This incident could have lead to the shoot down and death of all passengers and crew. They also could have run out of fuel. I would like to know how much fuel they had a touch down.

    No matter what poor excuse they might have come up with, unless they were unconscious from a poison gas attack or severe food poisoning, there is no excuse for ignoring EVERYTHING!

    Their excuse of “looking at the new scheduling program” not only was pathetic but a complete fabrication I am sure. It does not matter anyway.

    The only good thing about this is that now our flight attendants might check up on us more often with food and drink, but I am not holding my breath!

  • Ken Rousseau

    In regard to the crew in question of the off-course Airbus I wonder if they are not being delt with a bit too severly? Although violations were committed, who cansay they have never been where they should not be, or missed a radio call? In retrospect you must admit that there were no injuries, or damage to property, and the errors, although stupid, were not intentional in the least. I am sure that after this incident they would never do it again. I can see disciplinary action ,and suspension and retraining an option, but revocation of their pilot certificates over-kill. Remember, people who live in glass houses should be careful with stones.

  • Mark McCormick

    Nobody is mentioning that the ASAP report will nullify the revocation and then the arbitrator decides on the punishment, not Delta’s headline seeking management. For everybody out there who wants them fired just remember that you could be next.

  • david allan

    you’re paid to fly the plane, not sleep or other diversions.

  • Mark McCormick

    What really matters is the safety of the entire system. So, will all of you perfect pilots out there support a real witch hunt? Lets start with the recovering alkies who have special issuance medicals. Remember Lyle Prouse? He got his job back. Revoke all of those medicals. Ever had a DUI? You are fired. Get rid of ASRS. It’s just an escape for the incompetent. Get to work y’all.

  • Ken W.

    Disappointing to see the press sensationalization of this event before the investigation is complete. Did the FAA, backed into a corner by the press, react in knee-jerk fashion by revoking their certificates before due process is complete? Has their ASRS/ASAP report been received, reviewed and acted upon? The means of their distraction (laptop) is not the issue–in the old days, they would have been reading an inch thick document of paper–would that have caused the same event and subsequent reaction? Was the airplane equipped with an ACARS chime, and was it working? Let’s wait and avoid speculation until all the facts are in before condemning this crew. We need to learn from what happened so that we can prevent it from happening again. The sole act of revoking their certificates without due process does not accomplish that.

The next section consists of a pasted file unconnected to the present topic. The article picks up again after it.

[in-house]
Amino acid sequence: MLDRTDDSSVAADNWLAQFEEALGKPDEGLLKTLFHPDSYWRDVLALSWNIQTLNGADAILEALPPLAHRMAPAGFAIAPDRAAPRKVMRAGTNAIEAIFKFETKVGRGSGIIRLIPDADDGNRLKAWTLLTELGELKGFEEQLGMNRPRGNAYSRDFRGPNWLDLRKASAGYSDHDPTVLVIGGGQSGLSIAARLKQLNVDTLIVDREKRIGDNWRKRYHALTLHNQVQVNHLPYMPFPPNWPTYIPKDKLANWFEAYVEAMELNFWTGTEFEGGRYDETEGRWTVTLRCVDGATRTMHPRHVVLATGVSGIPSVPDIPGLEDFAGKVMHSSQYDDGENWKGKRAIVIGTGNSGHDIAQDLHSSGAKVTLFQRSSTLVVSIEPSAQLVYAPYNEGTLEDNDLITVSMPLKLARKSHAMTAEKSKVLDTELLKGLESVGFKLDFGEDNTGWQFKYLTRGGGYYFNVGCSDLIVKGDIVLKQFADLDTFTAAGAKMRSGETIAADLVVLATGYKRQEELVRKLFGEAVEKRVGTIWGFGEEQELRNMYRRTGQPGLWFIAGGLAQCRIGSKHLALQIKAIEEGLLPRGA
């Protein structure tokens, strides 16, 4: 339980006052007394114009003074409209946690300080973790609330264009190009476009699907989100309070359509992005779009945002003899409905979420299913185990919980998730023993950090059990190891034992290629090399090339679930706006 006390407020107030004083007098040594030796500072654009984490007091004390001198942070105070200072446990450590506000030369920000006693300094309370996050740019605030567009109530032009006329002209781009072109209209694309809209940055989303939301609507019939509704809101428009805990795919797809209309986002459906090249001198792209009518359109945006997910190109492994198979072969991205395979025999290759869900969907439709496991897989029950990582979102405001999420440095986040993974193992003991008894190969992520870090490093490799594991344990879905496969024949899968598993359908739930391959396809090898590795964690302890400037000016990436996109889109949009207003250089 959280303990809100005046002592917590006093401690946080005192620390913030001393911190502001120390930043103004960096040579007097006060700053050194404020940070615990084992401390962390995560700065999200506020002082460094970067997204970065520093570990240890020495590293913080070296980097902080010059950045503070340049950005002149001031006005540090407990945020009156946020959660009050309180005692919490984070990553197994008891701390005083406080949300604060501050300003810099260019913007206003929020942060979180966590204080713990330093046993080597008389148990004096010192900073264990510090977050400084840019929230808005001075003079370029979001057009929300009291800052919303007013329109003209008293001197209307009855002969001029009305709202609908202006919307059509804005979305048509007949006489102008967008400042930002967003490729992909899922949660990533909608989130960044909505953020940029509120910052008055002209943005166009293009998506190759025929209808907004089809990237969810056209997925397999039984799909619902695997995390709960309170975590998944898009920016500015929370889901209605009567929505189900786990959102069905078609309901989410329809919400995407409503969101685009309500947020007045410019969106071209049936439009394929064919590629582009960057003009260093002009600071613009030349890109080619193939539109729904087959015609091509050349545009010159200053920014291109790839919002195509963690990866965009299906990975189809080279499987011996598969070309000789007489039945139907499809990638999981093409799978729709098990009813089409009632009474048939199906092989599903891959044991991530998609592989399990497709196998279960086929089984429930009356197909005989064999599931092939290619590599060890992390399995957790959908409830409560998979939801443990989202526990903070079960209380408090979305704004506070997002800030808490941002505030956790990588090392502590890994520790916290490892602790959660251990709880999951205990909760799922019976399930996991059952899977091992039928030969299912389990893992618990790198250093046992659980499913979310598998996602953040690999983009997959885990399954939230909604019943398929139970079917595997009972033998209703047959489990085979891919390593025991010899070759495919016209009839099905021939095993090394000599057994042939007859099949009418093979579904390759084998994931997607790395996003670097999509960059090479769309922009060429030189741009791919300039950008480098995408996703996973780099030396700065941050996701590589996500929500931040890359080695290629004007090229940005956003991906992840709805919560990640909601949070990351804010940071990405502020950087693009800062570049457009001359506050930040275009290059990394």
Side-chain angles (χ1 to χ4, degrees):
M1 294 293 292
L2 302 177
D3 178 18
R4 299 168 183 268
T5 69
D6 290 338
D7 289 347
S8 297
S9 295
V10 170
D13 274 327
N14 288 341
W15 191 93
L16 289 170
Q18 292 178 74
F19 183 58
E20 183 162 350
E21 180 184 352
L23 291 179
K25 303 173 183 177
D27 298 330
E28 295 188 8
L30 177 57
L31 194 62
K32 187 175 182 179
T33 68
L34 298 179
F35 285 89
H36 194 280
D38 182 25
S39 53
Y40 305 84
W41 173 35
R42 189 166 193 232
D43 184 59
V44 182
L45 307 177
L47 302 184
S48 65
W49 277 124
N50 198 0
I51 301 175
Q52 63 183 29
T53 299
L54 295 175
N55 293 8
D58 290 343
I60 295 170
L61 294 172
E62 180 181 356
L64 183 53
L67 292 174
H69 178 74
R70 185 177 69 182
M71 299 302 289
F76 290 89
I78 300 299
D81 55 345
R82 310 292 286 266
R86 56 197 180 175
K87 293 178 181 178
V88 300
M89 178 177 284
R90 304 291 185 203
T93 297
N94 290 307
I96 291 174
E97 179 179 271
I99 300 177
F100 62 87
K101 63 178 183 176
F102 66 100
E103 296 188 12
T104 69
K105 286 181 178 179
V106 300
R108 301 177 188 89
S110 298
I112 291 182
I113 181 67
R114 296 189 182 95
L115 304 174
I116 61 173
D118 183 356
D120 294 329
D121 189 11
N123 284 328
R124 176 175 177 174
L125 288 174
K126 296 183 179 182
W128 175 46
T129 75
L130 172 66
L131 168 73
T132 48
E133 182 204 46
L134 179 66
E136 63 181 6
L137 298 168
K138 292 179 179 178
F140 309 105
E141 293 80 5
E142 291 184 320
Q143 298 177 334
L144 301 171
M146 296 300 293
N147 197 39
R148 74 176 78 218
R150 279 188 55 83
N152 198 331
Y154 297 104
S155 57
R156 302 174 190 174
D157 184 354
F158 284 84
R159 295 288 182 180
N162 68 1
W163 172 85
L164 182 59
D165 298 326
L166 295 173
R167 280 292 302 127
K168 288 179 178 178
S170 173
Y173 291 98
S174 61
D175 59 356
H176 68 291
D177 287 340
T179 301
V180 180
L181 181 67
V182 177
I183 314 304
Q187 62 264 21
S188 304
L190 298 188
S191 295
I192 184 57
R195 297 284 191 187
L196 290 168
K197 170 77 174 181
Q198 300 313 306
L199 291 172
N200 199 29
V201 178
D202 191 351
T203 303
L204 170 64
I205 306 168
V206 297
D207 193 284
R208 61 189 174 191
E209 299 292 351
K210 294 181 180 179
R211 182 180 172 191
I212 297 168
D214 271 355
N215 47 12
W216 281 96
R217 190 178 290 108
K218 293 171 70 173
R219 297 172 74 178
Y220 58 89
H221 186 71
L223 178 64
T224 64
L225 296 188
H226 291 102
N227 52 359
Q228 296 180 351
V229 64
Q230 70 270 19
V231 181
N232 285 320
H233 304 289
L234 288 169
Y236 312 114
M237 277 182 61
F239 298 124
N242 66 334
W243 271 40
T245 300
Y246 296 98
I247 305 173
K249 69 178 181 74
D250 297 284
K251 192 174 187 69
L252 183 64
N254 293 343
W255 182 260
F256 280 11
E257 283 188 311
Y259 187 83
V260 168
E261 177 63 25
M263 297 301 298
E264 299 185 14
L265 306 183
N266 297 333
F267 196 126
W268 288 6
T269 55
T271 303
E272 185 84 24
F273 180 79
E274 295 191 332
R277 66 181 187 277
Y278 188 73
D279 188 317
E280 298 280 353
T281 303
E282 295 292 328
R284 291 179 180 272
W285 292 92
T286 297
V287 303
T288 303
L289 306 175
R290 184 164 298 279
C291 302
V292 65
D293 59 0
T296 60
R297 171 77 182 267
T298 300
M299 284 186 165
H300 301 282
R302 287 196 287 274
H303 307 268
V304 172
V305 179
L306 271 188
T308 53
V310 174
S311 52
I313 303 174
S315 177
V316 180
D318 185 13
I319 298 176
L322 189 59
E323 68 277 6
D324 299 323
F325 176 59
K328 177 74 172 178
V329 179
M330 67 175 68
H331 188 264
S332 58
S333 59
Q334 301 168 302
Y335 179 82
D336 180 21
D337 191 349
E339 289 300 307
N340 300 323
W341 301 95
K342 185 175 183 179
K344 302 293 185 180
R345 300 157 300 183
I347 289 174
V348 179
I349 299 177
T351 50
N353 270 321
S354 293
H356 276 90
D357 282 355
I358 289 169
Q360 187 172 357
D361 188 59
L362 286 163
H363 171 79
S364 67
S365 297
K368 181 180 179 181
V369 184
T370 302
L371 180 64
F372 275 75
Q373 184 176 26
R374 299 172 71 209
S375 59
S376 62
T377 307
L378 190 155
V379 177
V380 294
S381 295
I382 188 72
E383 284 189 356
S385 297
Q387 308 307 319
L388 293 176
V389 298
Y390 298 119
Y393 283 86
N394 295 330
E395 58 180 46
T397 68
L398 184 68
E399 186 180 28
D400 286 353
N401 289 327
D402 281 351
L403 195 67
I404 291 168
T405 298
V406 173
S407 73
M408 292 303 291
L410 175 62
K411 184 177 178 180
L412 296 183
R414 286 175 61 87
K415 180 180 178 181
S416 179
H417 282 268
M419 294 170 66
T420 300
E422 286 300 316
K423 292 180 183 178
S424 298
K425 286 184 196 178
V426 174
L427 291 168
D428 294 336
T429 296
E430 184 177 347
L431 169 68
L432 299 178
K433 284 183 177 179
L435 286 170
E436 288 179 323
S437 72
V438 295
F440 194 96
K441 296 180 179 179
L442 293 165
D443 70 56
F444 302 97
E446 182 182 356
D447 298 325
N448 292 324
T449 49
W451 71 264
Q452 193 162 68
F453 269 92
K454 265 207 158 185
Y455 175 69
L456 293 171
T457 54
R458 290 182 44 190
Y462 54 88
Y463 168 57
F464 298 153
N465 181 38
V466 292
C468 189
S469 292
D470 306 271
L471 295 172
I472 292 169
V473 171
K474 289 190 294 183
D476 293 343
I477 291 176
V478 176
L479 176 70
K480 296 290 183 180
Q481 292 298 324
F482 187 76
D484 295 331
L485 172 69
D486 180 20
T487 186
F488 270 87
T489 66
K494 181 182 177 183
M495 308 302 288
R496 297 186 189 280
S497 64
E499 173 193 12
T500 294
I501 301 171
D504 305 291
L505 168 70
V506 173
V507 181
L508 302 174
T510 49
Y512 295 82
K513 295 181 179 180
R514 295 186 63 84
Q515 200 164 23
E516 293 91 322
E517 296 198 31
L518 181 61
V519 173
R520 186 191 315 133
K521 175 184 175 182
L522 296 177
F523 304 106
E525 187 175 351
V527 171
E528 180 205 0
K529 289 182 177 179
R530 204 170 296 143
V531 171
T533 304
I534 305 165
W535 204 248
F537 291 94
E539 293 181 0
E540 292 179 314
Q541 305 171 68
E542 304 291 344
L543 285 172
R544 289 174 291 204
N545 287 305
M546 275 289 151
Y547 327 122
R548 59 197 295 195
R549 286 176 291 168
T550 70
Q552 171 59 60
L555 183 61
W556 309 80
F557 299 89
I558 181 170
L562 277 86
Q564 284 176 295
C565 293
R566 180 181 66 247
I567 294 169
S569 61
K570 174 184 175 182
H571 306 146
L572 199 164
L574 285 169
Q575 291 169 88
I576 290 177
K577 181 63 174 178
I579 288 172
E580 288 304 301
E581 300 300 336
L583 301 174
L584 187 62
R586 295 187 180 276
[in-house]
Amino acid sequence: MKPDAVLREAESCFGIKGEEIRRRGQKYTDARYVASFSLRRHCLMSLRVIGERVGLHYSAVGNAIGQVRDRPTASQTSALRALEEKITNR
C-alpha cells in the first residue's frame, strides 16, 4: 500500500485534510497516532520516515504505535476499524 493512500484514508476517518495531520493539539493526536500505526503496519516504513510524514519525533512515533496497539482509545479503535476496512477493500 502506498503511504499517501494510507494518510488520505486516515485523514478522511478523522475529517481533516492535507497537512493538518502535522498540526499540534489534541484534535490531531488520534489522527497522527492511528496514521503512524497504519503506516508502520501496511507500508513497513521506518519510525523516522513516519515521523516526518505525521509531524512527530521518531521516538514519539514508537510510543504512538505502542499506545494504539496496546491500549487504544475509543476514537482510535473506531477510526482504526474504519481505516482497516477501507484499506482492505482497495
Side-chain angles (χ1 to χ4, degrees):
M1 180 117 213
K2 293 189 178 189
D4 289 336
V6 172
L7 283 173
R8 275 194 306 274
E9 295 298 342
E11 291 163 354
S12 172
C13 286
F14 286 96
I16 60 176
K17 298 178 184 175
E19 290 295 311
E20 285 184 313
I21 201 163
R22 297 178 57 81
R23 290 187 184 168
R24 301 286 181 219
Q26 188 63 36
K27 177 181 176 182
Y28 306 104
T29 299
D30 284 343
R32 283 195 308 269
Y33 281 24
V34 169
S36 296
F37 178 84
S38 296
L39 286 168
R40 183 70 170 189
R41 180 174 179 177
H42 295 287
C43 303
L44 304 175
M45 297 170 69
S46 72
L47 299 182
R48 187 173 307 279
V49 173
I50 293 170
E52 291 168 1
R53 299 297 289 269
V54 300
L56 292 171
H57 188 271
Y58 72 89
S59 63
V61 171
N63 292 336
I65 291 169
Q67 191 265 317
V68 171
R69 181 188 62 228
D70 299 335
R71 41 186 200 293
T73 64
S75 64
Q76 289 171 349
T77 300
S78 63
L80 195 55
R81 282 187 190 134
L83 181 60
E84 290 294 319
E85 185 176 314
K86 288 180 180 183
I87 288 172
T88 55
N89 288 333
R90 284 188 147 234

• Art Fruncillo

    Let’s look at this unfortunate situation from the point of view of the flying public.
    If I’m in the cabin of an airliner with a locked cockpit door and I’m seeing my home port glide under me, 37,000 feet below, and then we continue on, on on -no word from the flight crew – I’m going to start to think that, if I ever get down alive, I’ll never fly this airline again. Sad to say, after perhaps only the first mistake in an otherwise unblemished career, these guys are going to be made an example of, both by the FAA and their employer.

  • Richard Partridge

    I always taught my flight students: FIRST, FLY THE AIRPLANE!

  • Airbus 320 PIlot

    The backlash and regulatory over-kill has already crossed the pacific. An airline captain has already been failed on a line check for using an electronic device (iPhone in “Airplane Mode” – no cell signal send/receive capability) to perform a quick check of crosswind component prior to takeoff using an application on the iPhone (yes it has been tested to verify that it is more accurate than the chase thru chart from the dark ages that continues to be published in “approved manuals” that are neither user friendly or designed to minimized error). Tower reported winds were very close to aircraft operating manual published limits. Criteria used? Use of an electronic device in the cockpit. I guess common sense is just not that common…..either among regulators and or pilots who commit the indefensible. Just my 2 yen……